Emergency! When a message has to get through

After tragedies such as the Virginia Tech shootings and the Minneapolis bridge collapse, companies are paying more attention to emergency notification services.

Let's say that a major bridge in your city has collapsed at the height of rush hour, claiming an unknown number of victims. You'd like to communicate with your staff, both to ascertain their well-being and to tell them what to do tomorrow.

You could set up a call tree, and have every person call five other people until everyone was reached. Setting up one would be slow, and getting results would be even slower. Worse yet, the first thing that typically happens during local disasters is that the phone system is overwhelmed, making it difficult to reach anyone.

Or you could use an emergency notification service. Transmitting from multiple sites around the country, it will try to get your message to everyone on your list simultaneously, and will keep trying until it gets an answer from every person. Typically, it can be called on to try a variety of communications channels, in whatever order you specify.

Try everything, and keep trying

Channels mentioned by sources include office e-mail, home e-mail, home telephone, office telephone, office cell phone, home cell phone, text messaging, BlackBerry, fax, satellite phones, pagers, alternate phones at summer cottages and contacts for relatives who the employee might flee with during a hurricane.

The disaster scenario above became real at 6:05 p.m. on Wednesday, Aug. 1, when the I-35W eight-lane highway bridge over the Mississippi River in Minneapolis did collapse.

The Minneapolis office of Blue Cross and Blue Shield of Minnesota sent out 4,079 emergency notifications at 8:03 p.m. that evening, says Bob Niebuhr, a business continuity specialist at the insurance company. It was using a system from MessageOne. Located in Austin, it's one of about a half-dozen firms that offer emergency notification services.

"We were concerned that some of our people were on the road and could have been impacted," Niebuhr recalls. "We wanted to make sure they were OK, and if they were affected, we wanted to see if we could supply assistance. We also wanted to make sure we would be adequately staffed the next day. Third, we wanted to get information out to our employees as to what had happened."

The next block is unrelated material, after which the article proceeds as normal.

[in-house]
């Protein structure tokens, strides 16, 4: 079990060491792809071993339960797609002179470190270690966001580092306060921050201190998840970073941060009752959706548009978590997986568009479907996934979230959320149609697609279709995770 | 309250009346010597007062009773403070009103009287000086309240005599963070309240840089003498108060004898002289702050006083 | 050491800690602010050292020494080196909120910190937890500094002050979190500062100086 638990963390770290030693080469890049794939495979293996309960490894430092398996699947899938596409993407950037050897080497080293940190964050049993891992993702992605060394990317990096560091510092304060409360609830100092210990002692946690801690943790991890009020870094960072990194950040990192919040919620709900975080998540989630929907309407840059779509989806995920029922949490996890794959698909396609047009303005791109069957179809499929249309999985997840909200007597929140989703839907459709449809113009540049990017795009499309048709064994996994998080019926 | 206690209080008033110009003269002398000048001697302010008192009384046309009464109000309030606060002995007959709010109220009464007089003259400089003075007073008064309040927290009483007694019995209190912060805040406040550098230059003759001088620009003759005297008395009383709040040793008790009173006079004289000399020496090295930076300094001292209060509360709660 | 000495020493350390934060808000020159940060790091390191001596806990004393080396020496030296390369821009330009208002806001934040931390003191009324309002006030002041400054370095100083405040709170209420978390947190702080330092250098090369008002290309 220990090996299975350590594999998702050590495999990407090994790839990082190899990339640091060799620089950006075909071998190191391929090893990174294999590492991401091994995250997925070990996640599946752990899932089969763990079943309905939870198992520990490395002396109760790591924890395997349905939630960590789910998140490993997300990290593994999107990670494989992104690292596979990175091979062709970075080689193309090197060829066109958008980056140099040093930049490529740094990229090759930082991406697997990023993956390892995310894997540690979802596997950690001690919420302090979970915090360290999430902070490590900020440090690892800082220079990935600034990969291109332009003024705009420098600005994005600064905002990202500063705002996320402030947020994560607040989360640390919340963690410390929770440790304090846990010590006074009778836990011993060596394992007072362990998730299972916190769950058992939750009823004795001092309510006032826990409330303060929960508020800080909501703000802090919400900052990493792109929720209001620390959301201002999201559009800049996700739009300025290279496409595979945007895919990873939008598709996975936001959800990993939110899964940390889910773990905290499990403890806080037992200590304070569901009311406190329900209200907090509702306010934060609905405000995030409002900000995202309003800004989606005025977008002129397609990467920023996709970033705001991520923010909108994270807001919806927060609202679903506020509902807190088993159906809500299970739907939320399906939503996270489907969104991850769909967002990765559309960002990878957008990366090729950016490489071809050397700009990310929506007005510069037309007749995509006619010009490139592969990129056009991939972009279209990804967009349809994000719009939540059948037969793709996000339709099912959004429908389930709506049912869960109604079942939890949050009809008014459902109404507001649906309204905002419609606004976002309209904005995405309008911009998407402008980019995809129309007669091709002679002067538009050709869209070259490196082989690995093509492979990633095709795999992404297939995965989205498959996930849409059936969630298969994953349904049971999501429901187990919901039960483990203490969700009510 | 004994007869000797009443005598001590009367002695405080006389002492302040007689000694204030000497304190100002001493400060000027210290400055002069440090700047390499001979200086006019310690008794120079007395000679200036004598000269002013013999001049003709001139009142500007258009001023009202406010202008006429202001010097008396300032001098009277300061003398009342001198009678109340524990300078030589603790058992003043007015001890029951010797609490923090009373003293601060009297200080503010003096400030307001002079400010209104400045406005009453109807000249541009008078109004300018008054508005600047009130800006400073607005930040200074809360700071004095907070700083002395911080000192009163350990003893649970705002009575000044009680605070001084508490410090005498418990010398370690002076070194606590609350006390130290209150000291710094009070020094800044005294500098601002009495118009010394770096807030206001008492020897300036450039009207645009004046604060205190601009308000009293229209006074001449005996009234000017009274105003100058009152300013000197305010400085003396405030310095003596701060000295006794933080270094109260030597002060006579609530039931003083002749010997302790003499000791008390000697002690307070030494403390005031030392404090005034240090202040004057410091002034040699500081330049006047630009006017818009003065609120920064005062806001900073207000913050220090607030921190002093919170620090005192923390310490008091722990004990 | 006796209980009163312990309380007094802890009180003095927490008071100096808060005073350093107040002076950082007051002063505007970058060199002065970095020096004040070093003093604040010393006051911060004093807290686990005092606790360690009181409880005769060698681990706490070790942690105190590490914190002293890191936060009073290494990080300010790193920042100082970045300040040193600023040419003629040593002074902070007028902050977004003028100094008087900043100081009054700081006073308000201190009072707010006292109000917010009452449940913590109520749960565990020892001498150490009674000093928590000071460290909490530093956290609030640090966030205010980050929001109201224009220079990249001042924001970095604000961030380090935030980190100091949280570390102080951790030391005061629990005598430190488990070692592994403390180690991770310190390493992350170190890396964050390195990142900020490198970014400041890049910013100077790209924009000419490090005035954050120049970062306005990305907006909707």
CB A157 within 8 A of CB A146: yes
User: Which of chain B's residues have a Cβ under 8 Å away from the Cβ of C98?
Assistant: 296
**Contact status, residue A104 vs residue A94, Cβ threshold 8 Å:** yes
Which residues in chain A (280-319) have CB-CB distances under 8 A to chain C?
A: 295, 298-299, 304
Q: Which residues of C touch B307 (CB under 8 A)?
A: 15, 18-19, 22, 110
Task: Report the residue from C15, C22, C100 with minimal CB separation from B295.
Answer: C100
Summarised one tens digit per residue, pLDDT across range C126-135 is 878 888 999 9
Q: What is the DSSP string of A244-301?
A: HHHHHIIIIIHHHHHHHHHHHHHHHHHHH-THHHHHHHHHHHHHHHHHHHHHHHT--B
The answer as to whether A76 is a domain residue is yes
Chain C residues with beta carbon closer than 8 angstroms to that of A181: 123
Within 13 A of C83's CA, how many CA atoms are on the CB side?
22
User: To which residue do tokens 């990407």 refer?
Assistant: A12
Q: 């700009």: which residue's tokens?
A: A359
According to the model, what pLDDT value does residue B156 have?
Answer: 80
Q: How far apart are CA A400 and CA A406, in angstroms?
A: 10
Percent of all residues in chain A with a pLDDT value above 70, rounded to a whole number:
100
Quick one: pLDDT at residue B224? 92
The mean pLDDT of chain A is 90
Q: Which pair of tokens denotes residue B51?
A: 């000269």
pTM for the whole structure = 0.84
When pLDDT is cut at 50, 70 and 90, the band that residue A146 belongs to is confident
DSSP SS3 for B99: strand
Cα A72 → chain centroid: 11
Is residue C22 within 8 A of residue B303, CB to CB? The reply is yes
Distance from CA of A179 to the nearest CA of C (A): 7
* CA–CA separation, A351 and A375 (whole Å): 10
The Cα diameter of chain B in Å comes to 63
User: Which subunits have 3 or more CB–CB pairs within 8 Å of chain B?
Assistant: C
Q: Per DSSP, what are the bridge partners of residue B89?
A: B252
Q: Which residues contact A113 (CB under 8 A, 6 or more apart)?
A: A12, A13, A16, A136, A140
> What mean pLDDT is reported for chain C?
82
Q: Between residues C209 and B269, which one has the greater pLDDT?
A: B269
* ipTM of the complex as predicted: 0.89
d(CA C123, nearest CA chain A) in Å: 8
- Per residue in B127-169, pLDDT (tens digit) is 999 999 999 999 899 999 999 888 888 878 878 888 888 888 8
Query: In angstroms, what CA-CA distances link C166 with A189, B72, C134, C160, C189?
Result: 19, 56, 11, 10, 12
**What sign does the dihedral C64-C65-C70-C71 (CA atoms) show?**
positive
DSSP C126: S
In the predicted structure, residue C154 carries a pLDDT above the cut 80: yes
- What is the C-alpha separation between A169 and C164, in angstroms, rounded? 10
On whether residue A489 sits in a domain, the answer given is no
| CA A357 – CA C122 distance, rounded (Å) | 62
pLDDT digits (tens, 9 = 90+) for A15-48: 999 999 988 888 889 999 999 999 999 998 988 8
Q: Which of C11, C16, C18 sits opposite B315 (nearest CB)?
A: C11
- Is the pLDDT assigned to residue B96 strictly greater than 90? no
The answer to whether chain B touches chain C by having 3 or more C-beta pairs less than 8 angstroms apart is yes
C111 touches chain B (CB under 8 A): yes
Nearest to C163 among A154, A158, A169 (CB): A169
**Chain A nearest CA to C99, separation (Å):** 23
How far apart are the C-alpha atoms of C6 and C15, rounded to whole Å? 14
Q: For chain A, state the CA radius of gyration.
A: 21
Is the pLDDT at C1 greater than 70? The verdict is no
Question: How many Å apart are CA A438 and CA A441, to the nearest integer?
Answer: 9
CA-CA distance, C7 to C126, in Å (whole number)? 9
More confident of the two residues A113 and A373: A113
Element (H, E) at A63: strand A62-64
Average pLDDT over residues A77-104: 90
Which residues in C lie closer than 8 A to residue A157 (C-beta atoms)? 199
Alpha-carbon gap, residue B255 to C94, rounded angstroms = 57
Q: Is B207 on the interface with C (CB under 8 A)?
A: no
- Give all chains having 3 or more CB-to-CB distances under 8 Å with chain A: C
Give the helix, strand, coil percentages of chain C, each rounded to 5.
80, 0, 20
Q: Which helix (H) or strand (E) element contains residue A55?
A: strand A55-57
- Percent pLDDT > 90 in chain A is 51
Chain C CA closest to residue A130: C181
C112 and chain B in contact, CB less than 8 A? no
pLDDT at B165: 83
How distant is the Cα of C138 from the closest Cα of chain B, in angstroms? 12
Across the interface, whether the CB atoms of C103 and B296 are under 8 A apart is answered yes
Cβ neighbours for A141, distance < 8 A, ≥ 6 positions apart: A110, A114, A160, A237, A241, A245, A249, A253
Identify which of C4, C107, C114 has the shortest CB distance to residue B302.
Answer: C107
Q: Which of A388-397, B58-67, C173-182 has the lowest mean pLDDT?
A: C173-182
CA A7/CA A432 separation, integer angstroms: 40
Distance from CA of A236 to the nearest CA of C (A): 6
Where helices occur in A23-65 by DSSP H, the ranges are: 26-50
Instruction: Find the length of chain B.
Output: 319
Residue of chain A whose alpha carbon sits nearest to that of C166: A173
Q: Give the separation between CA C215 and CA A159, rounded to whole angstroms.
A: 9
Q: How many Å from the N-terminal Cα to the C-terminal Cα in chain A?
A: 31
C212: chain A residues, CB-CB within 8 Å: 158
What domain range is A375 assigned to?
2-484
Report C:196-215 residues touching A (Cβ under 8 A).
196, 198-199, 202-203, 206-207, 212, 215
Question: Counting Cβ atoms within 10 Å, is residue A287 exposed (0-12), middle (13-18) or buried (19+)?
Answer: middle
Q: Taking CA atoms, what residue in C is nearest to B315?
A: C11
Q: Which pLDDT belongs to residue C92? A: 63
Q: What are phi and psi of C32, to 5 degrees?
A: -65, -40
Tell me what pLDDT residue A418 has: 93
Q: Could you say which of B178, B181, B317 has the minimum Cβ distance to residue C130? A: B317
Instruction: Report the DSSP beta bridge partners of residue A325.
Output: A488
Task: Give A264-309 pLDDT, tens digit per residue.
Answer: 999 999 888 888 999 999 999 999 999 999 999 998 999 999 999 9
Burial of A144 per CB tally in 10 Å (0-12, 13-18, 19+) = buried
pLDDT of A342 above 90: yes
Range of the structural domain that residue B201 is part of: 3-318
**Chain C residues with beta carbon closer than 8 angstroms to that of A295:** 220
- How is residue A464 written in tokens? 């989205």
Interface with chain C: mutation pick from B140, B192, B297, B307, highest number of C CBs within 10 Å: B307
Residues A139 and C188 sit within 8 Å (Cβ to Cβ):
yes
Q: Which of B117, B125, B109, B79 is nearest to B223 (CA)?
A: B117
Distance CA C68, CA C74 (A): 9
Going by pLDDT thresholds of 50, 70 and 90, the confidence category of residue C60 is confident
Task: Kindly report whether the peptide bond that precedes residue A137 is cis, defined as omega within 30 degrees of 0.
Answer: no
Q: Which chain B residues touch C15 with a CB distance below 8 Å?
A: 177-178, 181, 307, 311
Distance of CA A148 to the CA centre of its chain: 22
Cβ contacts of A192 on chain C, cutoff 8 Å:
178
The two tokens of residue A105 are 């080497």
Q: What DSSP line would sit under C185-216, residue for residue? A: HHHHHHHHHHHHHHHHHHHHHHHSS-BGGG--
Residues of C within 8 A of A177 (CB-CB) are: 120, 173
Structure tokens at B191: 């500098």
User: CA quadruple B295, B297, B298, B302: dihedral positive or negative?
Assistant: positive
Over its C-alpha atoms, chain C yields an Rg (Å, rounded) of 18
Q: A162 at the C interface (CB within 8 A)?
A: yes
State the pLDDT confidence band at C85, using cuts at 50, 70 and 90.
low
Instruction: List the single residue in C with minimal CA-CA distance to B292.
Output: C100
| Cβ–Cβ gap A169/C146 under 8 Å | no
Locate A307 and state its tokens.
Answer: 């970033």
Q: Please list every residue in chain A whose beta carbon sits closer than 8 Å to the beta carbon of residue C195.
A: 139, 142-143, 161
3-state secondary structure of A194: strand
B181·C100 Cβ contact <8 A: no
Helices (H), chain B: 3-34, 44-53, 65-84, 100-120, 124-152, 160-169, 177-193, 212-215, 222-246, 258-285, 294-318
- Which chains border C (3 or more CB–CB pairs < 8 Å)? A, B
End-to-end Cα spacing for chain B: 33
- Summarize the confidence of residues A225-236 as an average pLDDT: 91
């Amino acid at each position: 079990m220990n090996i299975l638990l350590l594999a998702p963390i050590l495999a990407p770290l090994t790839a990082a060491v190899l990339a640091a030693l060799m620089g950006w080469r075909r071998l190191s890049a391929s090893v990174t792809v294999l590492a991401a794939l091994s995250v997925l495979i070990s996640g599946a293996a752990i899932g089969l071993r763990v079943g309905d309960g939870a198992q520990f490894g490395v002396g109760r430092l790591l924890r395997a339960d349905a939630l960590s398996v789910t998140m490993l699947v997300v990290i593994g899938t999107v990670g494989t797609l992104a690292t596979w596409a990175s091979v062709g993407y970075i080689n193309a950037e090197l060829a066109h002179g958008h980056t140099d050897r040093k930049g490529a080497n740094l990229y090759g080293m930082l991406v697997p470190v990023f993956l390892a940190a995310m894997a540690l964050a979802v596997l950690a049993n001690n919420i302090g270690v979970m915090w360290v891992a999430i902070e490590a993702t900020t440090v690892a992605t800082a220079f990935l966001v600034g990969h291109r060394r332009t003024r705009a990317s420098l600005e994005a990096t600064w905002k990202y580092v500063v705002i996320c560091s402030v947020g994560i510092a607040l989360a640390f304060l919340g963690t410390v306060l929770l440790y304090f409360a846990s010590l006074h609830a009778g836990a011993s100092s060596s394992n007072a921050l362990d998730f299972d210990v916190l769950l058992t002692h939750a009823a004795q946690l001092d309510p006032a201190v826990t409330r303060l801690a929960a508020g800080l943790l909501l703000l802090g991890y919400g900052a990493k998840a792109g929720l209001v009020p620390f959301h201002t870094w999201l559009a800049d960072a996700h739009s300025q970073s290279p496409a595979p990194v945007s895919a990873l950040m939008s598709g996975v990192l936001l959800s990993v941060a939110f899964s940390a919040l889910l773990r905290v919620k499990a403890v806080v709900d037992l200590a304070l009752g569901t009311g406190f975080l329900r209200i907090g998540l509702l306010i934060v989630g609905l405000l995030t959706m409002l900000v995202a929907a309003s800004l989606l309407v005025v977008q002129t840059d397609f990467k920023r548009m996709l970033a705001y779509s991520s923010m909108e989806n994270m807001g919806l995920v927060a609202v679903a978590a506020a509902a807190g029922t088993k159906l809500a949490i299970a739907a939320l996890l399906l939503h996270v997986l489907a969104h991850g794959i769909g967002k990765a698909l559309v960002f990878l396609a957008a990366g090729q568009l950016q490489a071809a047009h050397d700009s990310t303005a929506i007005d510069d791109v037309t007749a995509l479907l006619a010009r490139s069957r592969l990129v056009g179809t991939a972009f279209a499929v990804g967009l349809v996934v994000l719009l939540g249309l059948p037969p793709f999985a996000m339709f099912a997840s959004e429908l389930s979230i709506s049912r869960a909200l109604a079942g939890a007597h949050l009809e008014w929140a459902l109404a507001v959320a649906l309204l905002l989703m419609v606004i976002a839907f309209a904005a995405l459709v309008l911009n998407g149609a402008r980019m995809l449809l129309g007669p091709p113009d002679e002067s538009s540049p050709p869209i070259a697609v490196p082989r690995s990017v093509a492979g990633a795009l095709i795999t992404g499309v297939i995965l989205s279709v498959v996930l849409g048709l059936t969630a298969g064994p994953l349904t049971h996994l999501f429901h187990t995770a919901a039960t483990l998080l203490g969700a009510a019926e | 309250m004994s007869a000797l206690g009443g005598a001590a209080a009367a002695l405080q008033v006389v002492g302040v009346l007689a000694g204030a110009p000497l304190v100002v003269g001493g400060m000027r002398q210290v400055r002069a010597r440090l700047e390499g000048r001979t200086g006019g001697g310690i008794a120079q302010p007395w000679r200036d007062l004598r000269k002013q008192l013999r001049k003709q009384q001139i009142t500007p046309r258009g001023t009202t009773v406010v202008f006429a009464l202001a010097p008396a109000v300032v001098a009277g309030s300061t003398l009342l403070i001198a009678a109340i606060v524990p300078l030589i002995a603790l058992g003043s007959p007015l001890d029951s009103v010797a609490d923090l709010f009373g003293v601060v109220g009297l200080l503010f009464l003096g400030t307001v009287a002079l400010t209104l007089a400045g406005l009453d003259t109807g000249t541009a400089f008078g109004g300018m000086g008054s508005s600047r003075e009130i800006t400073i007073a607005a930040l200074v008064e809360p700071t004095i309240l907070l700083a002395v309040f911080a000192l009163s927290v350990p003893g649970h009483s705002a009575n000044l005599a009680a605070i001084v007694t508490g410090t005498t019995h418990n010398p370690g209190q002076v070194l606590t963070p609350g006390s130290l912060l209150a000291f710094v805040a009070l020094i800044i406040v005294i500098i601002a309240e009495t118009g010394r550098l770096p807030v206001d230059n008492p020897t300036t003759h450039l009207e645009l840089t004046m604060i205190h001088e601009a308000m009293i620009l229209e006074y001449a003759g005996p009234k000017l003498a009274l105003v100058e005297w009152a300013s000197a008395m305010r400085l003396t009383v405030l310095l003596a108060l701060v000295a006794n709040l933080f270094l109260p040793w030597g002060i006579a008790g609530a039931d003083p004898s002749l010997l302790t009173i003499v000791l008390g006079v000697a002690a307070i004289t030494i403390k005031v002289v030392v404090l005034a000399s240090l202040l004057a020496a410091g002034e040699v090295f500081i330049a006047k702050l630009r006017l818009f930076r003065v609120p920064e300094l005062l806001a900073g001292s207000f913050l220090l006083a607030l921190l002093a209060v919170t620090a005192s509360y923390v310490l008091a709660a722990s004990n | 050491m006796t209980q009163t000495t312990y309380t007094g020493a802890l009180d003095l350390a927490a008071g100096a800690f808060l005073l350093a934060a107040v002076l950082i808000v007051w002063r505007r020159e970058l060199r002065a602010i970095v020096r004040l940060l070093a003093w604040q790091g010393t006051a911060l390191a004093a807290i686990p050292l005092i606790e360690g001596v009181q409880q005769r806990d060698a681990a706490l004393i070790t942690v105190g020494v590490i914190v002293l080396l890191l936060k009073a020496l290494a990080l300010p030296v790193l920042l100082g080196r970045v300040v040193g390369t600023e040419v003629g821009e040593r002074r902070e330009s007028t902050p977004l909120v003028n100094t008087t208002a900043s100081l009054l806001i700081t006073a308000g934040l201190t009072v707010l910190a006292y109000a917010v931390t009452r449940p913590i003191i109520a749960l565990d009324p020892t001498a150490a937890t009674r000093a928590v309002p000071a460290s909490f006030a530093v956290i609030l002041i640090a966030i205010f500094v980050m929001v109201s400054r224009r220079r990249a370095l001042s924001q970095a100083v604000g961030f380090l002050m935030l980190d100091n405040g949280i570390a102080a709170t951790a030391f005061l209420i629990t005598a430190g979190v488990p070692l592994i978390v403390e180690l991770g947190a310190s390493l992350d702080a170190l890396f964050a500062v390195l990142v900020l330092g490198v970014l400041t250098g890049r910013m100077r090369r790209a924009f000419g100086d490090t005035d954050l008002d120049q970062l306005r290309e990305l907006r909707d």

The system first tried the recipients' work e-mail, because many employees have BlackBerries, Niebuhr says. If it didn't get through, it then tried the recipients' work cell phone, home telephone, personal cell phone, personal e-mail and finally an alternate home phone if available.

The message got through to all the recipients, mostly via e-mail. The first response came back within eight minutes, and after an hour, there was a 50 percent response rate. At that point, Blue Cross stopped sending out the notifications. Some responses came in the next day, and the total response rate was 68 percent, Niebuhr says.

Some of the recipients said it wasn't clear to them if and how they were supposed to respond, and some who called back to the corporate switchboard couldn't get through because they forgot their ID numbers. Also, the Caller ID of the notification call was an 866 number, leading some to assume it was a telemarketing call and they ignored it.

Although there had been internal publicity and training concerning the system, Niebuhr decided that more was needed, and his department has been mounting presentations since then, he says.

Also using the MessageOne system, the Minneapolis office of the international law firm of Fulbright & Jaworski got better results with a smaller group. It sent out a telephone message at 9:58 that evening to its 60 local staffers. The message asked the recipients to press one to indicate that they were OK, and other numbers to indicate problems, says Matt Ridings, disaster recovery administrator in the law firm's Austin office.

If the alert reached an answering machine, it left a different message, asking the recipient to call back via a toll-free number. Those who received the message in e-mail format could simply reply the same way.

"We had a 65 percent response in 10 minutes, and 78 percent within 35 minutes," he recalls. "By the end of the evening, there were only seven people we did not know about, and we knew about every employee by 9:52 the next morning. The staff was impressed by the fact that the firm was proactive enough to try to reach out to them."

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